UN court orders Japan to end Antarctic whale hunt

Monday 31 March 2014 20.28
File image of Japanese whalers hauling in a Minke whale in the Southern Ocean (Pic: EPA)
File image of Japanese whalers hauling in a Minke whale in the Southern Ocean (Pic: EPA)

The United Nation's International Court of Justice has ordered Japan to stop its annual whale hunt in the Antarctic, rejecting Tokyo's argument that it is for scientific purposes.

Presiding Judge Peter Tomka read the court's ruling on the matter at the ICJ's historic headquarters at the Peace Palace in The Hague.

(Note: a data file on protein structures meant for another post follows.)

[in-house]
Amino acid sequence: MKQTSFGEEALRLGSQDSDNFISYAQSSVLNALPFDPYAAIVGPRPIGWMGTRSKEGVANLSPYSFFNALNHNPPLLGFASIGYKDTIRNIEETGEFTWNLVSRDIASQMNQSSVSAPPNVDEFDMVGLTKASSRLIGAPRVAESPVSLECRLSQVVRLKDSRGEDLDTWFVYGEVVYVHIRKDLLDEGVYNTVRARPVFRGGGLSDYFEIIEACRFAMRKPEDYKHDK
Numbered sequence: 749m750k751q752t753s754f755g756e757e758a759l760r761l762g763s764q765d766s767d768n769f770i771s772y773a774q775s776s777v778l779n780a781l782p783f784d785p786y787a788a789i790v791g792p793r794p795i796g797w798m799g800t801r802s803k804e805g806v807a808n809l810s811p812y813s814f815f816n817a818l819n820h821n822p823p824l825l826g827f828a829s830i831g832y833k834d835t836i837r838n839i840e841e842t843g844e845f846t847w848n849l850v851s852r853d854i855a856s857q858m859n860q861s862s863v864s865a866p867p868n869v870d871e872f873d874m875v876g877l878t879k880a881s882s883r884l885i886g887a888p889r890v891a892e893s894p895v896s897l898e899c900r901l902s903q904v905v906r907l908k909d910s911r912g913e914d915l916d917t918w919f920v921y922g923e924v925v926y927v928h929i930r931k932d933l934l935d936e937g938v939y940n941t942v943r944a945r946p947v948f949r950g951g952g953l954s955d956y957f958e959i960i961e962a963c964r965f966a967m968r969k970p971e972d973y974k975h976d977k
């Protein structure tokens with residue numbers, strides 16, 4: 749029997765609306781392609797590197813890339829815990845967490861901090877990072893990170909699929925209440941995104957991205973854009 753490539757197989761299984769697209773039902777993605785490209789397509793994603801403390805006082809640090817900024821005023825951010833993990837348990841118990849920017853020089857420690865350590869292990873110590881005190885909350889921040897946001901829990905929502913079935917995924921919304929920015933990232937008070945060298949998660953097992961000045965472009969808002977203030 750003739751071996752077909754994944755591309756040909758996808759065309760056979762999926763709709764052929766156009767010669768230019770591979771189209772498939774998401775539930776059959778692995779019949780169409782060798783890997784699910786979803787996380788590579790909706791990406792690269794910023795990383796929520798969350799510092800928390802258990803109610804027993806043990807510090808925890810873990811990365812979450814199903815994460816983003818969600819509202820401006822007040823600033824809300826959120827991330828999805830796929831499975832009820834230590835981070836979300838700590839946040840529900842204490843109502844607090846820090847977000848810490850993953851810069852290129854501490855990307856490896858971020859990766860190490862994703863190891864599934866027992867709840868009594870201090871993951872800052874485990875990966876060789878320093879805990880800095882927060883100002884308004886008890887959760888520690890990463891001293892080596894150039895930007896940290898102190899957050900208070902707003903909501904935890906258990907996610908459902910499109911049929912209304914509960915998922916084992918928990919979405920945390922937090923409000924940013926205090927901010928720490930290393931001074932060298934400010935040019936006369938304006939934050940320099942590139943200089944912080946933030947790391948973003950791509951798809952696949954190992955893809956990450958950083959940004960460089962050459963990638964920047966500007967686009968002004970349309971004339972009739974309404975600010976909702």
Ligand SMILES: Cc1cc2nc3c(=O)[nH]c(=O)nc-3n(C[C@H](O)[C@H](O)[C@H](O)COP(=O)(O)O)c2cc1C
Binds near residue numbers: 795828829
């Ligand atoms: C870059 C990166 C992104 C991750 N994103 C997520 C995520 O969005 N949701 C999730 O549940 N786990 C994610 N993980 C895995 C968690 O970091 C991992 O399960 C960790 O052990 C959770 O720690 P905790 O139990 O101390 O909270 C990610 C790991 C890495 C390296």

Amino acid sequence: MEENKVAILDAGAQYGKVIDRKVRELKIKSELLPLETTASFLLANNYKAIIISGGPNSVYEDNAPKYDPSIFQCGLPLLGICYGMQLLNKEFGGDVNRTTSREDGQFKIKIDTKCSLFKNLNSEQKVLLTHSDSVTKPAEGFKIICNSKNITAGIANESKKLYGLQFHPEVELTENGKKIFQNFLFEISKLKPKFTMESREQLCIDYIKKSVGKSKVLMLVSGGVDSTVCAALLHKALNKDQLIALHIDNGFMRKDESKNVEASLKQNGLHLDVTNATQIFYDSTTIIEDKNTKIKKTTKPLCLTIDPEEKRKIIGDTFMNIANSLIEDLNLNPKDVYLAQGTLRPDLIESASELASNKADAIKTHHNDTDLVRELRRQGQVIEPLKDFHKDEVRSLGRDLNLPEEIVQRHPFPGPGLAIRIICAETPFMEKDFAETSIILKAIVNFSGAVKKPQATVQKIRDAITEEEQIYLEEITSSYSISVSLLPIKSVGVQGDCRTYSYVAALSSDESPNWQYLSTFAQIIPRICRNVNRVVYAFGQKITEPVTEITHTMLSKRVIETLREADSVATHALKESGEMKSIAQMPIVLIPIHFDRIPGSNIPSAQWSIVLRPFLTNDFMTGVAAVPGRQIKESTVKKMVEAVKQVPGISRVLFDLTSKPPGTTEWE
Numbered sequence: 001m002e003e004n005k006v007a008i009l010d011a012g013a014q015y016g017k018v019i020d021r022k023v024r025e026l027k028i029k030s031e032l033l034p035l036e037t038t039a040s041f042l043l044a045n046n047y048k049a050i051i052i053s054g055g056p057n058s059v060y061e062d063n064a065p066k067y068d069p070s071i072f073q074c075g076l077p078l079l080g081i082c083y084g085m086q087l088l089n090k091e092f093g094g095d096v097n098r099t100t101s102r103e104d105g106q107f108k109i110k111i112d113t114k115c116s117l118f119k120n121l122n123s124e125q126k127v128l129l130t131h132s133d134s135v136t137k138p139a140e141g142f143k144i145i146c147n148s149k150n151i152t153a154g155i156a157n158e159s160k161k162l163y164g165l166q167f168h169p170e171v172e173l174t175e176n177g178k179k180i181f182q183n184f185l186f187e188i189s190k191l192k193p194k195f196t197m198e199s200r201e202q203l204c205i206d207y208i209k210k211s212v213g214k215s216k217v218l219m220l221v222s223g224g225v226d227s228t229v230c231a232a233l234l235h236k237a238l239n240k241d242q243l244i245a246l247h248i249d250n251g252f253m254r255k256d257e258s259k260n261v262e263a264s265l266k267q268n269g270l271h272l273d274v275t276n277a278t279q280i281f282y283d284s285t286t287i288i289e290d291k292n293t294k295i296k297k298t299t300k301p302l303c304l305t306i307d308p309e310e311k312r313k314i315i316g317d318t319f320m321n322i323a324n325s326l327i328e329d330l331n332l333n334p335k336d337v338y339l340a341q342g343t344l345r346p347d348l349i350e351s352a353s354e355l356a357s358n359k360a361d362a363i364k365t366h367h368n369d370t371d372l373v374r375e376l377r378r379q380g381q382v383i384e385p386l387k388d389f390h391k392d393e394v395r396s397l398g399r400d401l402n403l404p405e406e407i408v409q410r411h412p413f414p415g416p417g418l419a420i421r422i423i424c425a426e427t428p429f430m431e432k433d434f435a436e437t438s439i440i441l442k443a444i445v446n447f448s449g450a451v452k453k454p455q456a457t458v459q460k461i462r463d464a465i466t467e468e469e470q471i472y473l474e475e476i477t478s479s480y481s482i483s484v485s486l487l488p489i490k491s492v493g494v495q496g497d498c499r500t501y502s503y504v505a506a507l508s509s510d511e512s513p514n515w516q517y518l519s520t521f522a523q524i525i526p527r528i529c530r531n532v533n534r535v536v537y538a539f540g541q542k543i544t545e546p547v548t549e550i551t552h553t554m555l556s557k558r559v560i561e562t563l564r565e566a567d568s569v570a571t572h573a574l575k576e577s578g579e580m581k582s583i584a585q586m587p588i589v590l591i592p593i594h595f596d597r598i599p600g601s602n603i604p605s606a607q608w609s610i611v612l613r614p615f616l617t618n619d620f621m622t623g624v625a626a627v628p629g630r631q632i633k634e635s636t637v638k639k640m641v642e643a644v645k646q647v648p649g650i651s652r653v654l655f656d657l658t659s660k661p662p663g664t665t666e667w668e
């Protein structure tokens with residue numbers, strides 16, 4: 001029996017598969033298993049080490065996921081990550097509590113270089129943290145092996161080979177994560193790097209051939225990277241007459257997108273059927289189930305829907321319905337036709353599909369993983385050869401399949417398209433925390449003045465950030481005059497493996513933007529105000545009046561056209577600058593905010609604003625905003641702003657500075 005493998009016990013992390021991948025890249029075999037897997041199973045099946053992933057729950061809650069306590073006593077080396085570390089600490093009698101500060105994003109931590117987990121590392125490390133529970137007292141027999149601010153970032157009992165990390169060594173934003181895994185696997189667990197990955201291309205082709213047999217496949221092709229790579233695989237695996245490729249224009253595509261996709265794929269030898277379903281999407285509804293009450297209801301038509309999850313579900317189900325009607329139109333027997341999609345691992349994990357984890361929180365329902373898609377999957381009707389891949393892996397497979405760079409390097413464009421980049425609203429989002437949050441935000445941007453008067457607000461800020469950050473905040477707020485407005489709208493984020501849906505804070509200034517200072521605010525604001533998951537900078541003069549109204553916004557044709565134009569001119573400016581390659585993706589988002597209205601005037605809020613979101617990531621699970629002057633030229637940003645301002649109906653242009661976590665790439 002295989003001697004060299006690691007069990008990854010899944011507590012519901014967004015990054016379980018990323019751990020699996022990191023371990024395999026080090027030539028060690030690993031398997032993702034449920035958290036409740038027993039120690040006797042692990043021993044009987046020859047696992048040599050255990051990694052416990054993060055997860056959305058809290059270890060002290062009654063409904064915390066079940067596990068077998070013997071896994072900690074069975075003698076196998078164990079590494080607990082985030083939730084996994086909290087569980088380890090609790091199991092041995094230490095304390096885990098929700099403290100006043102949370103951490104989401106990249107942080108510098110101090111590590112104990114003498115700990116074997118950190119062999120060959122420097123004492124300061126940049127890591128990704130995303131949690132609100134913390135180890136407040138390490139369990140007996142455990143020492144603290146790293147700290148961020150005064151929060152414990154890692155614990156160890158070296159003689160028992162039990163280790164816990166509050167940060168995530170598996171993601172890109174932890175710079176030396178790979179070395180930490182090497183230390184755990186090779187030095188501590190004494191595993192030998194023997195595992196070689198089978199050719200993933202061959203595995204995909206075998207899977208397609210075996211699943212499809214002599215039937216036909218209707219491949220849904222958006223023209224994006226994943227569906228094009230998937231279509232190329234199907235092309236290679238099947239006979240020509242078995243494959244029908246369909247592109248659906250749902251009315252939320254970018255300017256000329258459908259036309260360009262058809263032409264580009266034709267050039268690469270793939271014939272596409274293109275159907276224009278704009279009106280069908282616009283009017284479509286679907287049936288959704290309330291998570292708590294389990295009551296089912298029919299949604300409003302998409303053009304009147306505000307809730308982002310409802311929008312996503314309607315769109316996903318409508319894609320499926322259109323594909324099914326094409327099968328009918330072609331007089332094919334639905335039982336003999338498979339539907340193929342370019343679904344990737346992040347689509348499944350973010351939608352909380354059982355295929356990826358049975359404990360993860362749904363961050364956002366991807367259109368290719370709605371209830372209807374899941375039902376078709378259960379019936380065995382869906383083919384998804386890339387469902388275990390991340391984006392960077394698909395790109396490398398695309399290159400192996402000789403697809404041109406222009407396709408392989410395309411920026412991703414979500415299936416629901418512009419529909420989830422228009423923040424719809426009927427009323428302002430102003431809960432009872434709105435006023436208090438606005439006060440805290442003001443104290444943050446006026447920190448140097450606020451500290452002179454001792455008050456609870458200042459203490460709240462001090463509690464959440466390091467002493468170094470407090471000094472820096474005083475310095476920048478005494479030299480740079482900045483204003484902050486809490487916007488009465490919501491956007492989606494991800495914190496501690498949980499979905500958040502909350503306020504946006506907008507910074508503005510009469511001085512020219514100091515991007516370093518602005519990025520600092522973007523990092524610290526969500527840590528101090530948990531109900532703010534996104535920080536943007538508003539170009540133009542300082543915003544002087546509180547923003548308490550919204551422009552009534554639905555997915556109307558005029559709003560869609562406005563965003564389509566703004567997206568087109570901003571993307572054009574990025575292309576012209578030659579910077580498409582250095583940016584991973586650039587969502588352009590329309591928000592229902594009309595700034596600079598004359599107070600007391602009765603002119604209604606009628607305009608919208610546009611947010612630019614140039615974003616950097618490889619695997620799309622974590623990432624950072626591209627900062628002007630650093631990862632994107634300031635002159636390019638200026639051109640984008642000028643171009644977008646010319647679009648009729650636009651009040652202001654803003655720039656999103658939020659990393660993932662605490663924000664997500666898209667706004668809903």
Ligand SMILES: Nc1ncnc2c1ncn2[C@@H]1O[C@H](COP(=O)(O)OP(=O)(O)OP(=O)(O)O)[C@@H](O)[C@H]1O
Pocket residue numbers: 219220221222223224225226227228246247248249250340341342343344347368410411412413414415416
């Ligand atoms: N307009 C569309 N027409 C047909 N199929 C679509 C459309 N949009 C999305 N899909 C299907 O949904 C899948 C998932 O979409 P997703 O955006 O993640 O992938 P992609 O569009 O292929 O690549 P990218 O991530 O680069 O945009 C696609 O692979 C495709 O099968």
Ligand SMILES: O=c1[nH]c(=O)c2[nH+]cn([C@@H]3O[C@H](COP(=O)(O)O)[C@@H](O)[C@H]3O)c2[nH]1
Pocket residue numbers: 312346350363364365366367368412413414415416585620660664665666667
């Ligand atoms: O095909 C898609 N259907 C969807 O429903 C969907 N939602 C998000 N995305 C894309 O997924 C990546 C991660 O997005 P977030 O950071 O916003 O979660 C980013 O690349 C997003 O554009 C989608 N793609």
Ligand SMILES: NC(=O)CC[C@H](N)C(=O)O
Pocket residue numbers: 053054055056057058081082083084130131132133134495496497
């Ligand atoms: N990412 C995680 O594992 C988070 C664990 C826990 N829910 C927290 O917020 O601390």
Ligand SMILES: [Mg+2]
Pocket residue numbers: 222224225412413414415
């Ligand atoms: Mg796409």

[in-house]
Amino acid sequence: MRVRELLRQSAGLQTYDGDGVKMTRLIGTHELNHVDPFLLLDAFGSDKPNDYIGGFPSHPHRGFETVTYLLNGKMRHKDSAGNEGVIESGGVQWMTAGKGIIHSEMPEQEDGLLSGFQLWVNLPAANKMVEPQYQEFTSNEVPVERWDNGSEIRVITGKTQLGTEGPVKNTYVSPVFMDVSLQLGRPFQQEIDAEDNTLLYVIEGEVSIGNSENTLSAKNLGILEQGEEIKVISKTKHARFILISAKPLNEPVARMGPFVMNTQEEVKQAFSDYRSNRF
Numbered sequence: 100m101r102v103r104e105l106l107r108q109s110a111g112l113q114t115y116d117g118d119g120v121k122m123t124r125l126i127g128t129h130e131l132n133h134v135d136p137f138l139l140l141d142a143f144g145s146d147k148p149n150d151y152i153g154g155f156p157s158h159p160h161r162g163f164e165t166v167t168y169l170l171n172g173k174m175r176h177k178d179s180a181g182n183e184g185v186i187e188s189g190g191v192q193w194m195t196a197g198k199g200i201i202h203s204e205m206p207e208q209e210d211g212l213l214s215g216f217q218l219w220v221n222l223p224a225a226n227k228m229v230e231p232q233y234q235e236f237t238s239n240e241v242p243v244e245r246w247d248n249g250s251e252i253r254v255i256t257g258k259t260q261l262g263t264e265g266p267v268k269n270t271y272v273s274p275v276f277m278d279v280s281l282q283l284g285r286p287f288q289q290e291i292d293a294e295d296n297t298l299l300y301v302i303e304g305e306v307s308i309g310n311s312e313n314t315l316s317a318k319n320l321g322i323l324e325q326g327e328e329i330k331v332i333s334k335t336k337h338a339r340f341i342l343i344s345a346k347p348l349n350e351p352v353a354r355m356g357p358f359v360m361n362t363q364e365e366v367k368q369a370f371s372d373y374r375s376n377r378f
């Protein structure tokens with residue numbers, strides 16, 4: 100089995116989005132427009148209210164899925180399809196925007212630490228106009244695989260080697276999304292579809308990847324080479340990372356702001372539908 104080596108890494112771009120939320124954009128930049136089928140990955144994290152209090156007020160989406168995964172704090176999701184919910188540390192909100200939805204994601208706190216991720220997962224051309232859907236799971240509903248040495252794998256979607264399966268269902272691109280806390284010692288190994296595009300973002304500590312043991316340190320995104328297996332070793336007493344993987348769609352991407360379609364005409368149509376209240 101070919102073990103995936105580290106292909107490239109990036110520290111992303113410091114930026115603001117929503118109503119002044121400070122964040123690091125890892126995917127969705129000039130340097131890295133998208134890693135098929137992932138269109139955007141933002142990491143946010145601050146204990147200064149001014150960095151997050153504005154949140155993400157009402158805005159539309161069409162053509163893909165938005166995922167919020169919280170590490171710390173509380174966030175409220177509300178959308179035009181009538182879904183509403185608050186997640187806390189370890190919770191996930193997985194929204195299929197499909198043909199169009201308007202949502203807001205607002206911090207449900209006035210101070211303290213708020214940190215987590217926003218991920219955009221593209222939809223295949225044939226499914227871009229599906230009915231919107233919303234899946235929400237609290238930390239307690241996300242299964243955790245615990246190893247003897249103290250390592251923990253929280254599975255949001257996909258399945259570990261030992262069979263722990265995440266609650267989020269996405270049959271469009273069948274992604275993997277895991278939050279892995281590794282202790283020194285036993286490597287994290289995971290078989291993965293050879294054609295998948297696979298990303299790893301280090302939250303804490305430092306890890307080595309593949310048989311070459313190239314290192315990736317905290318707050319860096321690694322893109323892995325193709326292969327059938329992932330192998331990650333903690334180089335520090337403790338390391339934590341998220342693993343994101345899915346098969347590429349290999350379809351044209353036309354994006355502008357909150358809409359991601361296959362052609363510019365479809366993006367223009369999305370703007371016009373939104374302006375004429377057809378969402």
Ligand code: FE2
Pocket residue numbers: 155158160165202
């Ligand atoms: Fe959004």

"Japan shall revoke any existant authorisation, permit or licence granted in relation to Jarpa II (research programme) and refrain from granting any further permits in pursuance to the programme," the ruling read.

Australia in 2010 brought Japan to the ICJ in an attempt to halt whale hunting in the Southern Ocean.

Canberra has said the practice is a thinly-disguised commercial exploit under cover of scientific research.

While Norway and Iceland have commercial whaling programmes in spite of a 1986 International Whaling Commission moratorium, Japan insists its programme is scientific, while admitting that the resulting meat ends up on plates back home.